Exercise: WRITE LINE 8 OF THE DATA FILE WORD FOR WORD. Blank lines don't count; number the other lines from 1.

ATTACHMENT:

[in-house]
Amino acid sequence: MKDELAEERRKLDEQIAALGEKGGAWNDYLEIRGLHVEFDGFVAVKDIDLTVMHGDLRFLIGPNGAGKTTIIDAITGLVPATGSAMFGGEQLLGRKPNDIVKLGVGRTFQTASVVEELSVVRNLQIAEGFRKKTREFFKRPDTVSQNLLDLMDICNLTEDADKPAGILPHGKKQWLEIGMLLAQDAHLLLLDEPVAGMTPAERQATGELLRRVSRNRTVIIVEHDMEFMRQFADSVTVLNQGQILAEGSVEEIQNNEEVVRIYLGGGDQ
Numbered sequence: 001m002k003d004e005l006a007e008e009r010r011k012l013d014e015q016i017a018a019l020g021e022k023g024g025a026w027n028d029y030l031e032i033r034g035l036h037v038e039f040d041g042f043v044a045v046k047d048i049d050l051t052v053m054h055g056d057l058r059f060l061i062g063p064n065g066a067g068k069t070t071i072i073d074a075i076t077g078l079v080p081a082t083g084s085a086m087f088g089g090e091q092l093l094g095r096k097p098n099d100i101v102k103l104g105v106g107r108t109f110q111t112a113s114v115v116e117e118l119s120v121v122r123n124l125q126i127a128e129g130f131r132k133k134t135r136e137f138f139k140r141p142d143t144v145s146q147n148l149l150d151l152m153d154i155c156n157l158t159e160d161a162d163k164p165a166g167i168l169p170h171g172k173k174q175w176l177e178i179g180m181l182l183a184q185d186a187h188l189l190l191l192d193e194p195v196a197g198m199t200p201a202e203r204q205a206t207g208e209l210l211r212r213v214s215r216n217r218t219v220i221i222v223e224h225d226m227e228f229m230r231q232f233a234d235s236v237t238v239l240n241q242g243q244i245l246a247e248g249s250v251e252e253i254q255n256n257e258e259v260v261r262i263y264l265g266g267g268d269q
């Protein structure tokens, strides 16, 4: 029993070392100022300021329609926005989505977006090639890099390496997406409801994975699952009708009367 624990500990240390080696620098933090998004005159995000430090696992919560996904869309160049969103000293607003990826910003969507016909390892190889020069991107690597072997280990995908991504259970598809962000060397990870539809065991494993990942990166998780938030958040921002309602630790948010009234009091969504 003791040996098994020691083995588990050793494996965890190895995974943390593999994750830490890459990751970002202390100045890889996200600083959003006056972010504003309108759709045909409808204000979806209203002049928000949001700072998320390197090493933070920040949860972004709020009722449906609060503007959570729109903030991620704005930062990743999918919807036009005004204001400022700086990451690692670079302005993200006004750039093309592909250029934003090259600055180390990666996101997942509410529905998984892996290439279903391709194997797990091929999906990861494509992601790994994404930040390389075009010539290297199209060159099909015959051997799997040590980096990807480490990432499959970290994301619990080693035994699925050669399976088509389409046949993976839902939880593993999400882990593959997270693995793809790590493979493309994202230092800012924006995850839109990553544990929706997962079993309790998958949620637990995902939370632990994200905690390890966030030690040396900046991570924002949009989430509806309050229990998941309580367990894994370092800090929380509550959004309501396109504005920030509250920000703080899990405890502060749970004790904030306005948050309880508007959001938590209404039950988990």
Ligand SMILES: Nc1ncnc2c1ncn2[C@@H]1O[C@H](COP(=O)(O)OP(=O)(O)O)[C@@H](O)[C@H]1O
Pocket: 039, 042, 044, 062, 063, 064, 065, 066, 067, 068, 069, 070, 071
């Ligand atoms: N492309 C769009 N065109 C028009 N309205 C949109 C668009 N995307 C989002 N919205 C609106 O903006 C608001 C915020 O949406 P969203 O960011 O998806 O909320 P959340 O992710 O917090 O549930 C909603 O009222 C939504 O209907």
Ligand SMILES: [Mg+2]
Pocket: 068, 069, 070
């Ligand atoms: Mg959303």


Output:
Ligand SMILES: [Mg+2]